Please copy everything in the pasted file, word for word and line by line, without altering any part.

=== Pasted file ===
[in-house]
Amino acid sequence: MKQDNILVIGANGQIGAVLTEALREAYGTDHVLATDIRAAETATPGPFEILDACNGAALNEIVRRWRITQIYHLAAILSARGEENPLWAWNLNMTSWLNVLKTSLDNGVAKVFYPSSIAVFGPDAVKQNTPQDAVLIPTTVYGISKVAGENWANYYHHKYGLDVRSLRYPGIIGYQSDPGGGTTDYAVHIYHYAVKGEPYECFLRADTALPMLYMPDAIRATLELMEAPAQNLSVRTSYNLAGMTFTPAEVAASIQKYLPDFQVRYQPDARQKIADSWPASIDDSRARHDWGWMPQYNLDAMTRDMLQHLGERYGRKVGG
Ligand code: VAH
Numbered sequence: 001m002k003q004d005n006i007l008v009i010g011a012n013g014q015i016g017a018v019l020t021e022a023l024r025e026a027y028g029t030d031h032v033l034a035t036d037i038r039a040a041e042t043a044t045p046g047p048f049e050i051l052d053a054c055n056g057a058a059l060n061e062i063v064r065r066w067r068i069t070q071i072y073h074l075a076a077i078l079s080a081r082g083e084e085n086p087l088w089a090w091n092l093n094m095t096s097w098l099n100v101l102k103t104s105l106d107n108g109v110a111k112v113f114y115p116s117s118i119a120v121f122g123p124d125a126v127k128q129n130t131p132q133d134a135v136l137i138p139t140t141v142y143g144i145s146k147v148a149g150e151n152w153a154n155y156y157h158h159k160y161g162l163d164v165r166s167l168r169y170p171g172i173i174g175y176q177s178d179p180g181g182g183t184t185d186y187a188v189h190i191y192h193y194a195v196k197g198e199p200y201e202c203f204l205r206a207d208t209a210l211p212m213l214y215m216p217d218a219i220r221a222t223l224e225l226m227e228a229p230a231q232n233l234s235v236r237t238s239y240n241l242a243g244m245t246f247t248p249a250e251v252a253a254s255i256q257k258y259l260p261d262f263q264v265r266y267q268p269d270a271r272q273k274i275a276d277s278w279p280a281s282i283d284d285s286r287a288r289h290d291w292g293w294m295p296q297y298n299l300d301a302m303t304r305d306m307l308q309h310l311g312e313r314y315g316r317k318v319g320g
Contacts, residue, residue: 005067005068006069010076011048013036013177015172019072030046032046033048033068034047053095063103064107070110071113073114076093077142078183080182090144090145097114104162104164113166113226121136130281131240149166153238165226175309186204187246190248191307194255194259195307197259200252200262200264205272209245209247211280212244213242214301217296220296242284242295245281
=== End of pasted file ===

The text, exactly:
[in-house]
Amino acid sequence: MKQDNILVIGANGQIGAVLTEALREAYGTDHVLATDIRAAETATPGPFEILDACNGAALNEIVRRWRITQIYHLAAILSARGEENPLWAWNLNMTSWLNVLKTSLDNGVAKVFYPSSIAVFGPDAVKQNTPQDAVLIPTTVYGISKVAGENWANYYHHKYGLDVRSLRYPGIIGYQSDPGGGTTDYAVHIYHYAVKGEPYECFLRADTALPMLYMPDAIRATLELMEAPAQNLSVRTSYNLAGMTFTPAEVAASIQKYLPDFQVRYQPDARQKIADSWPASIDDSRARHDWGWMPQYNLDAMTRDMLQHLGERYGRKVGG
Ligand code: VAH
Numbered sequence: 001m002k003q004d005n006i007l008v009i010g011a012n013g014q015i016g017a018v019l020t021e022a023l024r025e026a027y028g029t030d031h032v033l034a035t036d037i038r039a040a041e042t043a044t045p046g047p048f049e050i051l052d053a054c055n056g057a058a059l060n061e062i063v064r065r066w067r068i069t070q071i072y073h074l075a076a077i078l079s080a081r082g083e084e085n086p087l088w089a090w091n092l093n094m095t096s097w098l099n100v101l102k103t104s105l106d107n108g109v110a111k112v113f114y115p116s117s118i119a120v121f122g123p124d125a126v127k128q129n130t131p132q133d134a135v136l137i138p139t140t141v142y143g144i145s146k147v148a149g150e151n152w153a154n155y156y157h158h159k160y161g162l163d164v165r166s167l168r169y170p171g172i173i174g175y176q177s178d179p180g181g182g183t184t185d186y187a188v189h190i191y192h193y194a195v196k197g198e199p200y201e202c203f204l205r206a207d208t209a210l211p212m213l214y215m216p217d218a219i220r221a222t223l224e225l226m227e228a229p230a231q232n233l234s235v236r237t238s239y240n241l242a243g244m245t246f247t248p249a250e251v252a253a254s255i256q257k258y259l260p261d262f263q264v265r266y267q268p269d270a271r272q273k274i275a276d277s278w279p280a281s282i283d284d285s286r287a288r289h290d291w292g293w294m295p296q297y298n299l300d301a302m303t304r305d306m307l308q309h310l311g312e313r314y315g316r317k318v319g320g
Contacts, residue, residue: 005067005068006069010076011048013036013177015172019072030046032046033048033068034047053095063103064107070110071113073114076093077142078183080182090144090145097114104162104164113166113226121136130281131240149166153238165226175309186204187246190248191307194255194259195307197259200252200262200264205272209245209247211280212244213242214301217296220296242284242295245281